On the Irish border problem, the Brexit elite are still peddling fantasies

The EU has rejected the British government’s proposed solution, which aimed to avoid a hard border.


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Stop me if you've heard this one before: the government’s Brexit objectives have hit an Irish border-shaped obstacle after EU negotiators rejected the British government’s two plans for the border after the United Kingdom leaves, Peter Foster reveals in the Telegraph.

The problem hasn't changed: if you want divergence on goods and customs, you have to have checks somewhere on the EU-UK frontier, whether that be on the island of Ireland (something both the British government and the EU27 have ruled out) or in the Irish sea (something that a Conservative government whose parliamentary position is reliant on the DUP can’t agree to either).

Look beneath the headlines and the Irish border solution looks a lot like a big win for the British government’s strategic priorities: the British government gets to diverge on the industries of the future and on services, no longer enjoys freedom of movement but effectively remains in the single market for goods and agriculture, a massive boom for British industry. All that and Theresa May could preserve one of the crowning achievements of the last 30 years of British politics, too.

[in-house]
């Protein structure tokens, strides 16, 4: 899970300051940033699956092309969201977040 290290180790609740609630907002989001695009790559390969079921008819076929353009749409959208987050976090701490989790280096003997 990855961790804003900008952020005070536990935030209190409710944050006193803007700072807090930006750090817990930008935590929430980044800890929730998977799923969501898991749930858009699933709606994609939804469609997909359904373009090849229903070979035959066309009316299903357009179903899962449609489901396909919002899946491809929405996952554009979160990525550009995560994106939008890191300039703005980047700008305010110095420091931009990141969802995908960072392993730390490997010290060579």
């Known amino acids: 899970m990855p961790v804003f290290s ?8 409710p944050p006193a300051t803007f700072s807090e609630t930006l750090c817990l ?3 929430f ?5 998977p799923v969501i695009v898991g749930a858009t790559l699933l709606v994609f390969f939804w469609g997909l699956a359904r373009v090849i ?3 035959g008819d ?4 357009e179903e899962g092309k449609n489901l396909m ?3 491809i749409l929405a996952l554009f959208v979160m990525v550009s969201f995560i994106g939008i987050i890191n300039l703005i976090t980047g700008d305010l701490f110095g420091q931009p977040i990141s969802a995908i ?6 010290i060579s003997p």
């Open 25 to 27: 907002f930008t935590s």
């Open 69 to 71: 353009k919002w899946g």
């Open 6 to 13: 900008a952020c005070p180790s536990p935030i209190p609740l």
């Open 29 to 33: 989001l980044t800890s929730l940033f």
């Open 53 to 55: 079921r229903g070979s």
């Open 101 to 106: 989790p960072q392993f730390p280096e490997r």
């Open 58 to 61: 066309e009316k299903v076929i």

But as ever, is that the Brexit elite are still peddling fantasies that you can have divergence without barriers.

Stephen Bush is political editor of the New Statesman. His daily briefing, Morning Call, provides a quick and essential guide to domestic and global politics.